Understanding Security Behavior of Real Users: Analysis of a Phishing Study

Kang, Mingqing
Shonman, Matthew
Subramanya, Anshul
Zhang, Haoruo
Li, Xiangyang
Dahbura, Anton
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This paper presents a set of statistical analyses on an empirical study of phishing email sorting by real online users. Participants were assigned to multitasking and/or incentive conditions in unattended web-based tasks that are the most realistic in any comparable study to date. Our three stages of analyses included logistic regression models to identify individual phishing “cues” contributing to successful classifications, statistical significance tests assessing the links between participants’ training experience and self-assessments of success to their actual performance, significance tests searching for significant demographic factors influencing task completion performance, and lastly k-means clustering based on a range of performance measures and utilizing participants’ demographic attributes. In particular, the results indicate that multitasking and incentives create complex dynamics while demographic traits and cybersecurity training can be informative predictors of user security behavior. These findings strongly support the benefits of security training and education and advocate for customized and differentiated interventions to increase users’ success of correctly identifying phishing emails.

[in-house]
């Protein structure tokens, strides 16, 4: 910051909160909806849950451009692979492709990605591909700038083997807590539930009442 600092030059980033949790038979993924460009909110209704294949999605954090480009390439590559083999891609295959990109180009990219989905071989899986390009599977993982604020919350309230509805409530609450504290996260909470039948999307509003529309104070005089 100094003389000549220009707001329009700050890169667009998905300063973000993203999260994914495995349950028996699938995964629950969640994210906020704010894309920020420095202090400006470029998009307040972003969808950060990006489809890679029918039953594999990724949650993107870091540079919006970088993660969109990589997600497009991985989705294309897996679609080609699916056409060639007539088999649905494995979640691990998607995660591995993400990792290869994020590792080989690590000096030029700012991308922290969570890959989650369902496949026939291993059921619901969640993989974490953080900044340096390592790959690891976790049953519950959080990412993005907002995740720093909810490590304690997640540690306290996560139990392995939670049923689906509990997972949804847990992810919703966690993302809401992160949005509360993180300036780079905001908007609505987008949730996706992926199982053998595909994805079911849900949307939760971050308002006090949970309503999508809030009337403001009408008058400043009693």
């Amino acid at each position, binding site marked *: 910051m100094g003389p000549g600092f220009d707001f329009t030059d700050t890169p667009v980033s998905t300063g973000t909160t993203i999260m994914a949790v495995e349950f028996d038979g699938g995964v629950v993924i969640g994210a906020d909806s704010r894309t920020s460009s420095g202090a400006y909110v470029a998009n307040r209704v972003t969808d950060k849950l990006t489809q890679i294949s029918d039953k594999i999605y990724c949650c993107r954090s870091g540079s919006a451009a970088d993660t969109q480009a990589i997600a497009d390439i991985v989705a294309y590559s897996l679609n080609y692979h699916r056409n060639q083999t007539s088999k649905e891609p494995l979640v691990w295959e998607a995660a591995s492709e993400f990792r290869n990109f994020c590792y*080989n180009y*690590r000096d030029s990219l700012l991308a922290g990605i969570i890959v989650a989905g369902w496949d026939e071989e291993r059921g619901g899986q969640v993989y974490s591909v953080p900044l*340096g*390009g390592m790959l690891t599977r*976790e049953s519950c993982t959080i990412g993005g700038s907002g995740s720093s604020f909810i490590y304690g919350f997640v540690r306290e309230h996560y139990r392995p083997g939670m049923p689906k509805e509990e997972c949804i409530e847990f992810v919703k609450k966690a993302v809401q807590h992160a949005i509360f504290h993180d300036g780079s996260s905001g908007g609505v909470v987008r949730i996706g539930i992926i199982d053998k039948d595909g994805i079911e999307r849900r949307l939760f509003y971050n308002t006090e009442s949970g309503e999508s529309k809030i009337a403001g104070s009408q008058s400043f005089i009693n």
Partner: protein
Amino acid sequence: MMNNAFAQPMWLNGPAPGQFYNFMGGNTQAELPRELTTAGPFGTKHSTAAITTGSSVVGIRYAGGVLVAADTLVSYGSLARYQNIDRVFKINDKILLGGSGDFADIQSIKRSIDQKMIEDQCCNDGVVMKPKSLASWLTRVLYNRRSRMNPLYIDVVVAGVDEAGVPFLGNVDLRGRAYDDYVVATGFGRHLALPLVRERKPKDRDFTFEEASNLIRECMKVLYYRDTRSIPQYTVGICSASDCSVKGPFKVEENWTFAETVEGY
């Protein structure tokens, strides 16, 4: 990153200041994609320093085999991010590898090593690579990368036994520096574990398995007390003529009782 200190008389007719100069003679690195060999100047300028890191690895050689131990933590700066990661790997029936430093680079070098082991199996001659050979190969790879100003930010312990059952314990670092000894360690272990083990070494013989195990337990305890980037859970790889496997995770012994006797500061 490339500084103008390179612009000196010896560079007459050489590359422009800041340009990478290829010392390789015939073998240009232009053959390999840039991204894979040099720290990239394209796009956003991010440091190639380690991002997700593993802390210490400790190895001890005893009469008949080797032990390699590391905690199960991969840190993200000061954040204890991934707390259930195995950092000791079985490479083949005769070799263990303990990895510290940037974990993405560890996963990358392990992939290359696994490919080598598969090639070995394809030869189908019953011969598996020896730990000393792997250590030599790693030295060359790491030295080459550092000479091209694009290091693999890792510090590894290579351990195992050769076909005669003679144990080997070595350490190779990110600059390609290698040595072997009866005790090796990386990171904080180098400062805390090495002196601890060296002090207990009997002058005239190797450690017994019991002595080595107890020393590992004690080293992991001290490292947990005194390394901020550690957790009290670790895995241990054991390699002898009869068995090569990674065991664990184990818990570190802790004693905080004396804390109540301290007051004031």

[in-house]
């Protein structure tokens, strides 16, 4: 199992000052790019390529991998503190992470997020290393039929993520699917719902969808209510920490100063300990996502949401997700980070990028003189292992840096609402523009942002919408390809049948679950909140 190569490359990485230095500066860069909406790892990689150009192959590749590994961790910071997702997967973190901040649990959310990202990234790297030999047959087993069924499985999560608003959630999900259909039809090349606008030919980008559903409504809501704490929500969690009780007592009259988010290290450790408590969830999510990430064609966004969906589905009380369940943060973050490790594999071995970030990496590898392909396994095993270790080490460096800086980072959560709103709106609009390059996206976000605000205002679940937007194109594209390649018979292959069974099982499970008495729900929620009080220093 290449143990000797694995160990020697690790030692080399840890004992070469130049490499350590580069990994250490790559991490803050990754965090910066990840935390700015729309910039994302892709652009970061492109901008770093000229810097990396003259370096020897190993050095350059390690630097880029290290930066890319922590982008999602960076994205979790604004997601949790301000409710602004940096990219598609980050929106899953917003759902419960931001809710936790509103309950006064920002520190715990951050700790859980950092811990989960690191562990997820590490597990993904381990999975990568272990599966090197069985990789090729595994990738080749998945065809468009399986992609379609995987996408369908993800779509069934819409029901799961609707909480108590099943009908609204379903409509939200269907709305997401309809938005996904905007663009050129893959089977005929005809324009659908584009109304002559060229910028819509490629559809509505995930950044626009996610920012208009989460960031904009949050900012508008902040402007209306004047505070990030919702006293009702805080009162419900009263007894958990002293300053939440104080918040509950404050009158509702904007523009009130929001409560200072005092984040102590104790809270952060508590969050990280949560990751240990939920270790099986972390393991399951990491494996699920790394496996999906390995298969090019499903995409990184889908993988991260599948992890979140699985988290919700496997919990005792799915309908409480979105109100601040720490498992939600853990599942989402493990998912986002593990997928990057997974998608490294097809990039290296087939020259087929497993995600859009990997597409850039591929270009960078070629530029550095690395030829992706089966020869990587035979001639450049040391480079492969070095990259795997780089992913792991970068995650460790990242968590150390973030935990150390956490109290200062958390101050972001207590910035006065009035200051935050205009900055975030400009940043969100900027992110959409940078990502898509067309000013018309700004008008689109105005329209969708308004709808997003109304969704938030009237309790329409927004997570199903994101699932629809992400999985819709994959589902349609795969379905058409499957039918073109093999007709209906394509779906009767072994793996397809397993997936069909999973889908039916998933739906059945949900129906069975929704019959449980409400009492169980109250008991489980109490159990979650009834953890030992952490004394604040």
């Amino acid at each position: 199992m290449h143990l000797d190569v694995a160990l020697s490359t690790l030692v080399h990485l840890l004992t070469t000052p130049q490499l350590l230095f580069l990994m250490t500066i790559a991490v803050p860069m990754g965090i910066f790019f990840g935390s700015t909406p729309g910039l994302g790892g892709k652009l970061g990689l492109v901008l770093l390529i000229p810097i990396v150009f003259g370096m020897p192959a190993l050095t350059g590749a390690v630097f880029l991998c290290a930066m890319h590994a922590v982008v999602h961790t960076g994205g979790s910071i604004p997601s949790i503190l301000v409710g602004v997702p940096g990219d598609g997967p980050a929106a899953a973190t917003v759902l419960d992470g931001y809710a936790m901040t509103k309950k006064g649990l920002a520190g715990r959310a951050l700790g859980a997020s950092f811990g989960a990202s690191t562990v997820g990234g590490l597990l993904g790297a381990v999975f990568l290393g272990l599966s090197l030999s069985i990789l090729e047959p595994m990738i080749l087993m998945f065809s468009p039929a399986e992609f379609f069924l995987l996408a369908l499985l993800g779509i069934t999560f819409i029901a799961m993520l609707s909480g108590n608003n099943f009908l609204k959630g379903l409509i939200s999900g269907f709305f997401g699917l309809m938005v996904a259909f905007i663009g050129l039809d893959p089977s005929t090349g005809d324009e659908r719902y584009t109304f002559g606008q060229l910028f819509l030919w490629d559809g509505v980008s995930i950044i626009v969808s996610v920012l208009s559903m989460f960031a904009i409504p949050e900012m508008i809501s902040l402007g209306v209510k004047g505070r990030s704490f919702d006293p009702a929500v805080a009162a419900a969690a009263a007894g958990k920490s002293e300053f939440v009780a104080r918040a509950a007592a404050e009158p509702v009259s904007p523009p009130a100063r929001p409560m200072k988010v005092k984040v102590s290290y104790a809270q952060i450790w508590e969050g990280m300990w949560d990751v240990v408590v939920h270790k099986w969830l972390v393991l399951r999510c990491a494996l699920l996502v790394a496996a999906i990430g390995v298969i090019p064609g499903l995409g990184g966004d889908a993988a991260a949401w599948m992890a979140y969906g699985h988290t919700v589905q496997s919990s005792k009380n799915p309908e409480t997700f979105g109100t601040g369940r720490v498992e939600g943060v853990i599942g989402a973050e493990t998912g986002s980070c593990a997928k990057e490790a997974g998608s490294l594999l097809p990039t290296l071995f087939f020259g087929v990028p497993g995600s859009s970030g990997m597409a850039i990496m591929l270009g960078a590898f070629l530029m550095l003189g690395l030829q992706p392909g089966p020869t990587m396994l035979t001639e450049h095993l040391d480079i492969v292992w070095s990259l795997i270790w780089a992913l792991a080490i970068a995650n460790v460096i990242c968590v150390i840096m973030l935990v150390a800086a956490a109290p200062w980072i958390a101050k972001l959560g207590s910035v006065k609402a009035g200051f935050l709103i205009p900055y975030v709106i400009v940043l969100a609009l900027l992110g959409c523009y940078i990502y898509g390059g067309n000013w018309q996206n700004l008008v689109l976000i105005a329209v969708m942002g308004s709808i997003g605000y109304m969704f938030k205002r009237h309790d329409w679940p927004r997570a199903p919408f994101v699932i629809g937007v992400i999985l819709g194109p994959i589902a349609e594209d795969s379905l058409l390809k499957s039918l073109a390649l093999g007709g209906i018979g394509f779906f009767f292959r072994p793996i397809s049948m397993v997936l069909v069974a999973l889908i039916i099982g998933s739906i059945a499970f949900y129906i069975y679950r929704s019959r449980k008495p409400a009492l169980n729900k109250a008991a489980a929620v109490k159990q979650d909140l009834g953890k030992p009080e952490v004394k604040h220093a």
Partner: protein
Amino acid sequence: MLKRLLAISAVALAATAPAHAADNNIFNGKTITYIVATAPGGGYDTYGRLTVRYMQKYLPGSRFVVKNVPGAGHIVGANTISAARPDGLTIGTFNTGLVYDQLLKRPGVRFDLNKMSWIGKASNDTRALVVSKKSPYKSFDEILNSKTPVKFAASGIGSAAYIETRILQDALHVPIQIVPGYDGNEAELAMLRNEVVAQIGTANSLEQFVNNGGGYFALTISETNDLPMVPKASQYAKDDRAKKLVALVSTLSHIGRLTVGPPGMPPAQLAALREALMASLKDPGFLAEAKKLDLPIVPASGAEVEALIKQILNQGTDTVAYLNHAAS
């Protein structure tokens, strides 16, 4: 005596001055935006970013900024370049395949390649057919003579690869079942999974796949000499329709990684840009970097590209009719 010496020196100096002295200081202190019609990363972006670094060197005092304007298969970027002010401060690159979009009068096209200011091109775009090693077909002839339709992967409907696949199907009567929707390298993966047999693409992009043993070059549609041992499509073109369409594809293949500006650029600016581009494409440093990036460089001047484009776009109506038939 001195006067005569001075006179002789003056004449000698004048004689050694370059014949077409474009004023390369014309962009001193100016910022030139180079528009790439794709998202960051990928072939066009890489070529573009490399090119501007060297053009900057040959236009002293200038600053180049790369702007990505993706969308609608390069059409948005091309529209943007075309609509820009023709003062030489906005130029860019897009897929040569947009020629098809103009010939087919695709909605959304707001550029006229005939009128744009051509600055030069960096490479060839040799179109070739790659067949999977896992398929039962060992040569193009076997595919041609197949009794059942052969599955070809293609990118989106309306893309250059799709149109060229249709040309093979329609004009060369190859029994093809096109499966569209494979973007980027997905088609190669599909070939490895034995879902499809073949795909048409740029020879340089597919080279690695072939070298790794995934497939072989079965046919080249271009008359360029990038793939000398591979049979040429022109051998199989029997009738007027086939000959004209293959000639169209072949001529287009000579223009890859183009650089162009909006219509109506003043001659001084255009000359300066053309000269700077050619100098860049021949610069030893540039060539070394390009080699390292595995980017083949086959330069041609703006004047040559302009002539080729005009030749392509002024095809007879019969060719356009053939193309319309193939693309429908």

Security and Privacy Aspects of Human-Computer-Interactions, demographic analysis, empirical study, phishing, security, user behavior
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